There are restrooms with sinks, flush toilets, and potable water spigots, but no showers. Note that many of these restrooms are being renovated during the summer of 2023. Porta-potties and hand-wash stations are currently available. There are no hookups, but RVs up to 35 feet long can dry camp in some sites. 

  • 🏕️ Oasis Campground: This campground is just outside the entrance to the park and it’s open from April – October. RV sites have full hookups. There are also tent sites and camping cabins. There are showers, laundry, a restaurant, and a camp store. 

Where to Stay in Great Sand Dunes National Park

Looking to stay in a nearby town? You’ve got several options near the park! The most convenient town is Alamosa. It’s big enough to have several options for hotels, food, groceries, and anything else you might need. 


Aerial view at Downtown Alamosa in Colorado
An aerial view of this southern Colorado town

Alamosa is about a 30-minute drive from Great Sand Dunes National Park. It’s one of the larger towns in the area, so you’ll have more choices for lodging and places to eat.

The best places to stay in Alamosa for visiting Great Sand Dunes National Park are: 

  • 🏠 Holiday Inn Express: The Holiday Inn has an indoor pool and hot tub so you can relax after a day at the park. You’ll also get a free breakfast in the morning. 
  • 🍽️ Comfort Inn & Suites: The Comfort Inn & Suites is near Splashland Hot Springs, which is a geothermal outdoor public pool. The hotel has an indoor pool and hot tub and free breakfast. 
  • 🏠 Fairfield Inn & Suites by Marriott: This hotel has an indoor pool and fitness center. Rooms have a sitting area and work desk. The Fairfield Inn is just 4 miles from the airport so it makes a convenient home base.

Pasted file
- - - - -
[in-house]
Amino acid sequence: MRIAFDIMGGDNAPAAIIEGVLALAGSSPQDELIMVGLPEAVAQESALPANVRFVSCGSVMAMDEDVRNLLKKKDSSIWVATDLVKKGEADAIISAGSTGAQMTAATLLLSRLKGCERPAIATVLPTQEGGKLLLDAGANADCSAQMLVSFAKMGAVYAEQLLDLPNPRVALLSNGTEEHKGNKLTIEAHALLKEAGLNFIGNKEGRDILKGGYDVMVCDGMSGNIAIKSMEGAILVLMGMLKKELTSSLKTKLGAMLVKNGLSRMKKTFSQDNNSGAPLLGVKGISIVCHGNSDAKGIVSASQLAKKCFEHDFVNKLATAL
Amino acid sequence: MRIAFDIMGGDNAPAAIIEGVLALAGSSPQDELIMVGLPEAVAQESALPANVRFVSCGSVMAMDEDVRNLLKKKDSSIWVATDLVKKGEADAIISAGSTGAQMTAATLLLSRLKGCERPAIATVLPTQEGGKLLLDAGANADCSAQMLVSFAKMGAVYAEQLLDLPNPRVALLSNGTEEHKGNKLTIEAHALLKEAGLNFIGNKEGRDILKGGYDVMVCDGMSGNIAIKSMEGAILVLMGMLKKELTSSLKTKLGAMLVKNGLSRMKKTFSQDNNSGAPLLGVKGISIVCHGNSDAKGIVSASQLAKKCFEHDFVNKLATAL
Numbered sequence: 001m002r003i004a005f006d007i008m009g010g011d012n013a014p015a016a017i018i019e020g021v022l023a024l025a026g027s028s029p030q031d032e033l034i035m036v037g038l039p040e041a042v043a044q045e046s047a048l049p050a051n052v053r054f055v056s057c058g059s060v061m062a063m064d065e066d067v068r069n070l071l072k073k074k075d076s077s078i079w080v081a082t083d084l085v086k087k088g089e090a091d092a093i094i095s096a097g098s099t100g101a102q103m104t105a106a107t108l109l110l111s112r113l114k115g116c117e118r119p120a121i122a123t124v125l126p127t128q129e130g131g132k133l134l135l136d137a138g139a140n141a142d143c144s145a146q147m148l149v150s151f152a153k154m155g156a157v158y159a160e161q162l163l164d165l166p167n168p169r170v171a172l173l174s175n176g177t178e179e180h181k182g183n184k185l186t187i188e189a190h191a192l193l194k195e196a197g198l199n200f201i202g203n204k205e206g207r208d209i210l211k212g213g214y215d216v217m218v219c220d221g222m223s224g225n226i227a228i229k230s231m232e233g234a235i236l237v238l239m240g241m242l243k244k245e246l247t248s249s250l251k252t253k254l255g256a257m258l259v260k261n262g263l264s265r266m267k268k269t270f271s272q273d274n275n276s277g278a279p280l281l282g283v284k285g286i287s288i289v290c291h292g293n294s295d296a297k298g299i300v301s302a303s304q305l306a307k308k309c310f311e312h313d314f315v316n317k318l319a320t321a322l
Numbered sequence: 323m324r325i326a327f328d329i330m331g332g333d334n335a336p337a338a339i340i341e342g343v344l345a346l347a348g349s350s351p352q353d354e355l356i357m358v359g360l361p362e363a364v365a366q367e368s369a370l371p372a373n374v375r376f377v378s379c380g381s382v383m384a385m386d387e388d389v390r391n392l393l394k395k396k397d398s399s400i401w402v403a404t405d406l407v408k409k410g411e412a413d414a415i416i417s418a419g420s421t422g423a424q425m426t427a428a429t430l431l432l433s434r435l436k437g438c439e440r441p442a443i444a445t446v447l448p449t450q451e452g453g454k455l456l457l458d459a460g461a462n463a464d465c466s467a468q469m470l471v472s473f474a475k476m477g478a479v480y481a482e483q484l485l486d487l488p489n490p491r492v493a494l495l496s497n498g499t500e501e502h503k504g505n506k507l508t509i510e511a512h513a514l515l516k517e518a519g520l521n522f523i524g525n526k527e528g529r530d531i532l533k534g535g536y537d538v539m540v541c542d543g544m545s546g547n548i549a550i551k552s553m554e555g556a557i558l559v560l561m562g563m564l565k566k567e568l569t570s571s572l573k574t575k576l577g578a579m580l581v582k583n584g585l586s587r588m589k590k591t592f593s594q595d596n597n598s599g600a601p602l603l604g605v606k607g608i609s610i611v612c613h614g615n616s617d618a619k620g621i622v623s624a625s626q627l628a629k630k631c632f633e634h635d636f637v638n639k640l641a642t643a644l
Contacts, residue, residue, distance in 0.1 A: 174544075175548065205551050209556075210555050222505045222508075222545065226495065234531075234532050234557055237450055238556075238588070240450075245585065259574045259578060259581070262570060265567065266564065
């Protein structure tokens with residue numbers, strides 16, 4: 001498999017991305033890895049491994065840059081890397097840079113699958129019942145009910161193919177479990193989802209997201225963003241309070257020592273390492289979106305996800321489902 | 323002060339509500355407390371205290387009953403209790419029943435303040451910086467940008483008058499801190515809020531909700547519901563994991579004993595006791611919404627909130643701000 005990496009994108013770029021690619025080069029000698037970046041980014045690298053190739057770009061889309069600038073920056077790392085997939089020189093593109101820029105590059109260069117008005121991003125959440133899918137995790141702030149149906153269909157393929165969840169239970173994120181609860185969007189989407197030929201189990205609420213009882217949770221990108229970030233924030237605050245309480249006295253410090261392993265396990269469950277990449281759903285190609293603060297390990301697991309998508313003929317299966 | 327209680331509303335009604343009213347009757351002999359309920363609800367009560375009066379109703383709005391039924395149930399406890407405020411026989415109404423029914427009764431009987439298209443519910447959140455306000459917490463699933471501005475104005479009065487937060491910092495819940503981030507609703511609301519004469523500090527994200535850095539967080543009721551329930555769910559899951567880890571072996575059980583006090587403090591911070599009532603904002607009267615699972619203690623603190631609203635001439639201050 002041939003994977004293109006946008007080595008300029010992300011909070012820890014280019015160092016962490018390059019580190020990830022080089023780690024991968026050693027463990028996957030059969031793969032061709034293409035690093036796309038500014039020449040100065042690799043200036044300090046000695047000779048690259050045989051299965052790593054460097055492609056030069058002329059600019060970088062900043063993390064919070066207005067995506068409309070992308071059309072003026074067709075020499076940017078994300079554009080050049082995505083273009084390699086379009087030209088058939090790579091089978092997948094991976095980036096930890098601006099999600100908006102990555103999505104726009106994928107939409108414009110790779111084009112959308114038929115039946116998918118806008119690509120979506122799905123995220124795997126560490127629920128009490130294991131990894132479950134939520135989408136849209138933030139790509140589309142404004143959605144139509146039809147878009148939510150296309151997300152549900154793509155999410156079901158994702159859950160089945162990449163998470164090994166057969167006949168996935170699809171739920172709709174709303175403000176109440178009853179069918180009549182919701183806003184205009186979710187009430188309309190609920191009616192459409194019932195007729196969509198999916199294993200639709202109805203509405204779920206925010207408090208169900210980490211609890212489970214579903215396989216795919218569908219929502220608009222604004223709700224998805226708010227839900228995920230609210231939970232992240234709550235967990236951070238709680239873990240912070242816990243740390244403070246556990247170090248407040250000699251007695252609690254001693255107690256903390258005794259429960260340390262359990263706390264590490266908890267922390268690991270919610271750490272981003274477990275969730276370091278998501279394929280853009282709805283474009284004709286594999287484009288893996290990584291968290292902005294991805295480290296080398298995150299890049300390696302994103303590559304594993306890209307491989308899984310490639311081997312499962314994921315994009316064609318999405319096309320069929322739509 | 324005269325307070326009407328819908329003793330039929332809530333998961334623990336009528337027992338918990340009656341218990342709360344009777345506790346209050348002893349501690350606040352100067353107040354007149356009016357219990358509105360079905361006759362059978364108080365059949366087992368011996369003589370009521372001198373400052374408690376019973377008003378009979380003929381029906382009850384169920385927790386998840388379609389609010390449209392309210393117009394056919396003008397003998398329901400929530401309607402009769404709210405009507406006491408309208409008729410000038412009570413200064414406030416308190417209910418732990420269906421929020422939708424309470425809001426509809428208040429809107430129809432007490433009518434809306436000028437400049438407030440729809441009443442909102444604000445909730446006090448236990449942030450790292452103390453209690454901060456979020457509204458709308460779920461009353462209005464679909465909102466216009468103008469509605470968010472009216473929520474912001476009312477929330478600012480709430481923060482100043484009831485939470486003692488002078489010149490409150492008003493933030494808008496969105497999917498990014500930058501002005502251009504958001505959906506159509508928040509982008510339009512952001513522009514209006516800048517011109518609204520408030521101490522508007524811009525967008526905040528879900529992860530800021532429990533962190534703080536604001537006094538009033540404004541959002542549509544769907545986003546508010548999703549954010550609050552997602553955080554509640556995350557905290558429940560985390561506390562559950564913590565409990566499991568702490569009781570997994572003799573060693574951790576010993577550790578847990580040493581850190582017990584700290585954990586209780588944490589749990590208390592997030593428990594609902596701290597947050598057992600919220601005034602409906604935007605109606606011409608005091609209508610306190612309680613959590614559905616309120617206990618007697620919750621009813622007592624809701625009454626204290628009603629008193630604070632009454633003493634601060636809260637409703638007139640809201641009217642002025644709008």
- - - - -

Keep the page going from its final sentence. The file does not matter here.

View of the san dunes from Mosca, Colorado
Enjoy distant views of the sand dunes from Mosca (photo: Ryan J Long / Shutterstock)

Mosca is just outside of Great Sand Dunes National Park. It’s much closer to the national park, but there are very few places to stay. 

The best places to stay in Mosca for visiting Great Sand Dunes National Park are: 

  • 🏞️ Great Sand Dunes Lodge: Rooms at the lodge overlook the sand dunes. You can also rent sandboards and sleds on-site to use at the park. You can stay in a standard room, a larger room with a full kitchen, or in a 5th-wheel trailer set up on site.
  • 🛏️ Secluded 2-Bedroom Cabin: This spacious cabin is located just minutes from the park entrance. Take in views from its wrap-around deck and balcony, and enjoy private access to Zapata Falls. 

Monte Vista

Scenic view at the Monte Vista National Wildlife Refuge in Colorado
The Monte Vista National Wildlife Refuge is a beautiful spot!

Monte Vista is about a 45-minute drive from the Great Sand Dunes. It’s a smaller town than Alamosa, but you’ll be near the Monte Vista National Wildlife Refuge if you want more things to do in the area!

The best places to stay in Monte Vista for visiting Great Sand Dunes National Park are: 

  • 🏨 Rio Grande Motel: A well-rated, basic motel with clean rooms, a private bathroom, and, in some cases, a sitting area along with the bed. 
  • 🎥 Best Western Movie Manor: A unique hotel with a drive-in movie theater and restaurant. You can even see the drive-in movies from some of the rooms.
  • 🏨 Sandhill Inn & Suites: These spacious rooms each have a private entrance, a seating area, and a work desk. 

History of Great Sand Dunes National Park

Blue sky over the Great Sand Dunes National Park
The sand dunes have been around for a very long time!

First Evidence

11,000 years ago – The first evidence of humans in the area of the Great Sand Dunes is from about 11,000 years ago. The original people in the area were nomadic hunters and gatherers who followed the mammoths and prehistoric bison herds. They lived in the San Luis Valley when plants thrived and hunting was good, and went elsewhere during droughts. 

Indigenous History

Until 400 years ago – Modern Indigenous tribes were in the area when the Spanish arrived 400 years ago. The Ute had a word for the Great Sand Dunes: Saa waap maa nache. It means “sand that moves.” Jicarilla Apaches, Navajo, and people from the Tewa/Tiwa-speaking pueblos all roamed the sand dunes area. 

Spanish Explorers